Sam felt kind of idiotic asking and did so in a whisper although that was more because he really couldn't find enough moisture to loosen his throat. He was sleeping more, which wasn't a good thing. And still not dreaming though he tried. Shouldn't his prescience, his shining, be good for something? So he'd thought of Dean, and replayed conversations in his head. Pictured his brother, smiling, laughing, even angry. Anything that would stick and follow him…although even if he could, maybe, somehow, let Dean know…he couldn't tell him where exactly.

The air hole opened to sky and earth not into the mausoleum chamber above, he didn't think. A crack in the foundation, maybe.

You sound like you have a lot to say…could you talk to me? he asked again and the ghost would pause and then murmur. And wait. Waiting for him to talk.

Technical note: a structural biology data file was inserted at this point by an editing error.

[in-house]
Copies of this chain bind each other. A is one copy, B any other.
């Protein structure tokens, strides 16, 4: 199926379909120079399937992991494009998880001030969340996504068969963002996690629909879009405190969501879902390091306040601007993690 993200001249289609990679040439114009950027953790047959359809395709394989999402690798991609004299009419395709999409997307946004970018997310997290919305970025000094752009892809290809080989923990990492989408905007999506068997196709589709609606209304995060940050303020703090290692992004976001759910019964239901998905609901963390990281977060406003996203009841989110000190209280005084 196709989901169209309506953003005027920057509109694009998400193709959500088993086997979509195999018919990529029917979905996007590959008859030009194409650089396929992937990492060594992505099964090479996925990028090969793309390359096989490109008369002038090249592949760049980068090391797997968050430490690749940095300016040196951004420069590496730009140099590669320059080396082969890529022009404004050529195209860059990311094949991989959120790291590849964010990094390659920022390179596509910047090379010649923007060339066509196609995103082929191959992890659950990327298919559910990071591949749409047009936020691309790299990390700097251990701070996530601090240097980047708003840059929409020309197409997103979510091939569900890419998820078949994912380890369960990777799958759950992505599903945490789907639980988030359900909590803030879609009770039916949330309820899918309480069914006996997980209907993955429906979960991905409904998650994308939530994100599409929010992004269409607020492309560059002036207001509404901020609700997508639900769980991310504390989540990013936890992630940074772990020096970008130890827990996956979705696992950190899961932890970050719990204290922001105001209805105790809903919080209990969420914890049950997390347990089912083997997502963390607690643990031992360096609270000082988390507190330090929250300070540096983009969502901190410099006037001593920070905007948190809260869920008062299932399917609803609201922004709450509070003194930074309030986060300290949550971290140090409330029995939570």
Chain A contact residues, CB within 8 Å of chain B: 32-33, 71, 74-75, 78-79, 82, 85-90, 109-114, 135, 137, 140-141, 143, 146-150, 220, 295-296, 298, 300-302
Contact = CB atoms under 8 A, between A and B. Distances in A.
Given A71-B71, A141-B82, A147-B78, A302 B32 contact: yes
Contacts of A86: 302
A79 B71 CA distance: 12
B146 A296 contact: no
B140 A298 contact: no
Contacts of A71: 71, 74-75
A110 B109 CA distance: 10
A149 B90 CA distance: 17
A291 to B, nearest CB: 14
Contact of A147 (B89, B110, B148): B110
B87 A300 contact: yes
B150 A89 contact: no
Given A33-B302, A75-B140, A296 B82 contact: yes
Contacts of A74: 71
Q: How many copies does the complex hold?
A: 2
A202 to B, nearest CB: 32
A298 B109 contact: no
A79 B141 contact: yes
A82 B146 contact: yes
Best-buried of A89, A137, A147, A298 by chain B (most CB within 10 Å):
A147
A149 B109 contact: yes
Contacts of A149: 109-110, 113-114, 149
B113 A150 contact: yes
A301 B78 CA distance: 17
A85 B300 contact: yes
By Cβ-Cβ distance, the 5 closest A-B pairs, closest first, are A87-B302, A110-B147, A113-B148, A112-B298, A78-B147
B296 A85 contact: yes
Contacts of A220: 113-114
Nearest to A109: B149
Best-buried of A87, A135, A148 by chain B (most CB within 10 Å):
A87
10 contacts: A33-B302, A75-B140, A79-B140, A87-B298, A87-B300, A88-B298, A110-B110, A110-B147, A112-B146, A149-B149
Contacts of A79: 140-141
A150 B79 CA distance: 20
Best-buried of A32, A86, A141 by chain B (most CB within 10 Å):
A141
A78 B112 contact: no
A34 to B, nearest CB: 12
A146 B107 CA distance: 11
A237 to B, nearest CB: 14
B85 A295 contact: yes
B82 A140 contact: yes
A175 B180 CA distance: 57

So he did. It didn't seem to matter how weak his voice was, she listened. Made noises like asking questions…

He could, of course, be completely delirious.

My name is Sam.

She had a grandson named Sam.

It was the clearest thing Sam could make out. He thought he made it out.

I'm not him, you know.

She missed him, that grandchild. Missed them all.

Sam tried to remember who the grandmother had been but it was hard to think. He understood her loneliness.

My brother misses me. He'll be worried.

She wanted to comfort and soothe him. It made his eyes burn again.

Please. Please. I'm not ready to leave him yet.

Sam slipped to sleep again to the sound of her crying.

He was getting stupid. He rubbed his eyes and finished off the rest of his cold coffee and tried once again to read through the account of the first appearance of the ghost while he waited for the cemetery manager to show up to work.

The police had called. The investigation was still open. They'd found nothing. No sign of foul play. No indication that Sam had left the town or been taken.

Of course not, you idiots. He's still here. Dean had wanted to scream. He'd thanked them politely. "Morons," he snarled when he hung up.